Difference Between Anastomosis and Fistula


Introduction

The connection of two parts in the human trunk can either be normal, surgically created, or aberrant. When these connections are normal or surgically created, they are referred to as an anastomosis. When there is a connection in the body which is aberrant, it is referred to equally a fistula. All of these connections are the result of various causative factors.


Definition

Anastomosis refers to the connexion of two parts that unremarkably diverge. In the medical field, anastomosis ordinarily refers to a connection betwixt two portions (or loops) of intestine or between claret vessels. Anastomoses are either naturally occurring in the body, or they are created by surgical intervention.

Natural Anastomoses

Anastomoses occurring naturally throughout the torso refer to natural connections betwixt structures. For example, the natural connection between arteries and veins. These natural connections assistance the body in transporting nutrients, gases, and blood efficiently and effectively.

Surgical Anastomoses

Surgical anastomoses refer to connections which take artificially been created past a surgeon through a procedure. Ofttimes, these procedures are done when there is a blockage in an artery or vein, or when a portion of the intestine becomes obstructed. Surgical anastomoses can also be performed when there is a growth or neoplasm found in the intestine, this is done following the removal (or resection) of the affected intestine. After removal of a portion, reattachment can exist done by sewing or stapling the newly anastomosed area.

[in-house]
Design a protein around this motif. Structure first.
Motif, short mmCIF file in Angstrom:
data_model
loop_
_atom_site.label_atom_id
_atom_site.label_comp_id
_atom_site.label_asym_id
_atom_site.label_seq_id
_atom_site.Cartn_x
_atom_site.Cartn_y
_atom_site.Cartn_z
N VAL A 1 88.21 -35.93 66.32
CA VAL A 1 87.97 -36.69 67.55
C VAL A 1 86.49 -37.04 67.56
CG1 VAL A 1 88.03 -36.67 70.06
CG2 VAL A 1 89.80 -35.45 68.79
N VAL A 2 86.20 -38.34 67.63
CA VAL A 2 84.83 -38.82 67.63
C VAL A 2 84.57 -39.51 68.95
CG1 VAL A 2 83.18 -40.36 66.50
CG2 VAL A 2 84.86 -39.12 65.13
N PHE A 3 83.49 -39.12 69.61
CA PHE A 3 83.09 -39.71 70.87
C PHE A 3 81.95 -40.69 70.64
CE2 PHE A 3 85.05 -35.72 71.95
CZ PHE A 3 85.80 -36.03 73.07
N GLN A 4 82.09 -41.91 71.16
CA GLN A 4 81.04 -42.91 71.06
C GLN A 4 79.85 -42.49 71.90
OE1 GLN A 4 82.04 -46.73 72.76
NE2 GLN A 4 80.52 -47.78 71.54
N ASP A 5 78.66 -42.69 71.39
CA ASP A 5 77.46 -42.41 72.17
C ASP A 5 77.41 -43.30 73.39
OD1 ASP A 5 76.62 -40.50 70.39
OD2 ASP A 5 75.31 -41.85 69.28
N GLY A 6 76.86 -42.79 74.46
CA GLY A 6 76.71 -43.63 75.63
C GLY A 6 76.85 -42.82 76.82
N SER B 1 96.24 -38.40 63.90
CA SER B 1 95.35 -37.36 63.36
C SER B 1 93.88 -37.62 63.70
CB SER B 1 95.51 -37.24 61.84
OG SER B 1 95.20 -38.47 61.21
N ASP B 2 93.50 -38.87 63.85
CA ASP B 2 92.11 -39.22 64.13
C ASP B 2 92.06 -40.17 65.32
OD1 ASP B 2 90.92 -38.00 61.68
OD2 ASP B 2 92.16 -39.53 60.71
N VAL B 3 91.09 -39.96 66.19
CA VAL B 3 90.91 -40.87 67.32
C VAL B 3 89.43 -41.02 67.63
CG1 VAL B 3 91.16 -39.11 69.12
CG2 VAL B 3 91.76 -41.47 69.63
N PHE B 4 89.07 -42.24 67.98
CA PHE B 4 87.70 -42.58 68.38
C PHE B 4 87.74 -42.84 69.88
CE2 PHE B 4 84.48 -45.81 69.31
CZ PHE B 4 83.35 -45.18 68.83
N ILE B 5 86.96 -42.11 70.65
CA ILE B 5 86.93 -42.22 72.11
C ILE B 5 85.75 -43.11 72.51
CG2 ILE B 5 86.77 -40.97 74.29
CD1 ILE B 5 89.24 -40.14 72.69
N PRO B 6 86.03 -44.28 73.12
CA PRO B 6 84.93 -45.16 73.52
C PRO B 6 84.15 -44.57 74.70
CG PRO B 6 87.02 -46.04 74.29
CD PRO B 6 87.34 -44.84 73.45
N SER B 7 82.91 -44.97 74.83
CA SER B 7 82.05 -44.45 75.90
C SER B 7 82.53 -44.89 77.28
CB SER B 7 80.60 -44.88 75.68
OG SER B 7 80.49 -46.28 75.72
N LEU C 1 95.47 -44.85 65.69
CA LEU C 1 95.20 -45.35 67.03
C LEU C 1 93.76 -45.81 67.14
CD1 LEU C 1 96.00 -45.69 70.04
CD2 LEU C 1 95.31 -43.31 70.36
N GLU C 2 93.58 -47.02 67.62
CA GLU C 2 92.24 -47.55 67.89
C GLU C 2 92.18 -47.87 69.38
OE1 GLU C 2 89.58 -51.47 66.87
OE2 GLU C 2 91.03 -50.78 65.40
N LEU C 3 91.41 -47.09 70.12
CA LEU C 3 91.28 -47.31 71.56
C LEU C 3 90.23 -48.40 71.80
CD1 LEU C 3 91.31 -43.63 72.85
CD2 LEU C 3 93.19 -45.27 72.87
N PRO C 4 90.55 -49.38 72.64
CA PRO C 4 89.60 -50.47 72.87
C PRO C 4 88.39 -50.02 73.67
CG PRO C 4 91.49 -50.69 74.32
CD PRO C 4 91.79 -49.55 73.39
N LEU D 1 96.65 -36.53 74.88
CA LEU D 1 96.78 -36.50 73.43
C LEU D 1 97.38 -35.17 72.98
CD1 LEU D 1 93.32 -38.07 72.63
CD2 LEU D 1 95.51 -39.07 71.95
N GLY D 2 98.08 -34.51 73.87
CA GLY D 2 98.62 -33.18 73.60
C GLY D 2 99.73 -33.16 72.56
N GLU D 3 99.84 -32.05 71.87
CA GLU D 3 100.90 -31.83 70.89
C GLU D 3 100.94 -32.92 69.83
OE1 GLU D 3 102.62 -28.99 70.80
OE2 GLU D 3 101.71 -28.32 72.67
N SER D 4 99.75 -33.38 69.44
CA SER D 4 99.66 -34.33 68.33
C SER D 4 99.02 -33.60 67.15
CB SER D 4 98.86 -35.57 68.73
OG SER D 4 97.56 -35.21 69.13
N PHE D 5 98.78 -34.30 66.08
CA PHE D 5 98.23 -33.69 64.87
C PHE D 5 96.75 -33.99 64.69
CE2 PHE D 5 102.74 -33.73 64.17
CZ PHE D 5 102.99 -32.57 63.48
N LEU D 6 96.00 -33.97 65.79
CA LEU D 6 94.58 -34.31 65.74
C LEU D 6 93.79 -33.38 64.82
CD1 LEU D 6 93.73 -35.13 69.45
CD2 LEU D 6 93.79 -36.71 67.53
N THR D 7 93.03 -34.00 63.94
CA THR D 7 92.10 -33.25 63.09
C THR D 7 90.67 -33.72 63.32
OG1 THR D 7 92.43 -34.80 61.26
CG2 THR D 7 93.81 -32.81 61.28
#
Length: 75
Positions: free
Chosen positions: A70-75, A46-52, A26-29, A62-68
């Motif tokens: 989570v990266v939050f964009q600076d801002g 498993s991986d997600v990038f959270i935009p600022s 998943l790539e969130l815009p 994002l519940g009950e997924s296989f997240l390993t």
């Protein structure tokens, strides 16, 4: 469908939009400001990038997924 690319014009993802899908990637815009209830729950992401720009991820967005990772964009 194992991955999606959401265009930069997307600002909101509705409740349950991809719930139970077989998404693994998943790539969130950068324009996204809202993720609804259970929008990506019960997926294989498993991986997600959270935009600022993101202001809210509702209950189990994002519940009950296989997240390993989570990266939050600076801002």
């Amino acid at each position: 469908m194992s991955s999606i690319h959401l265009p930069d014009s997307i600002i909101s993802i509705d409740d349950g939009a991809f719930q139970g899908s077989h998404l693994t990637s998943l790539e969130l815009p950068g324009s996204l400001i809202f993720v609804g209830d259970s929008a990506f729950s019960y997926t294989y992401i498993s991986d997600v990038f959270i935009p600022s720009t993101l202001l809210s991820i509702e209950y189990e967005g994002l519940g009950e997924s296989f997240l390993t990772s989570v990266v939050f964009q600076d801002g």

A fistula is commonly defined as the abnormal connection or pathway between organs or arteries and veins, which exercise non usually connect. These connections tin occur in whatever region throughout the trunk, for instance:

  • Betwixt the intestine and the skin (enterocultaneous/colocutaneous fistula)
  • Between the vagina and the rectum (rectovaginal or anovaginal fistula)
  • Betwixt the anal culvert and the surface area located at the anal opening (anorectal fistula)
  • Between the vagina and the colon (colovaginal fistula)
  • Between the bladder and the uterus (vesicouterine fistula)
  • Between the bladder and the vagina (vesicovaginal fistula)
  • Betwixt the urethra and the vagina (urethrovaginal fistula)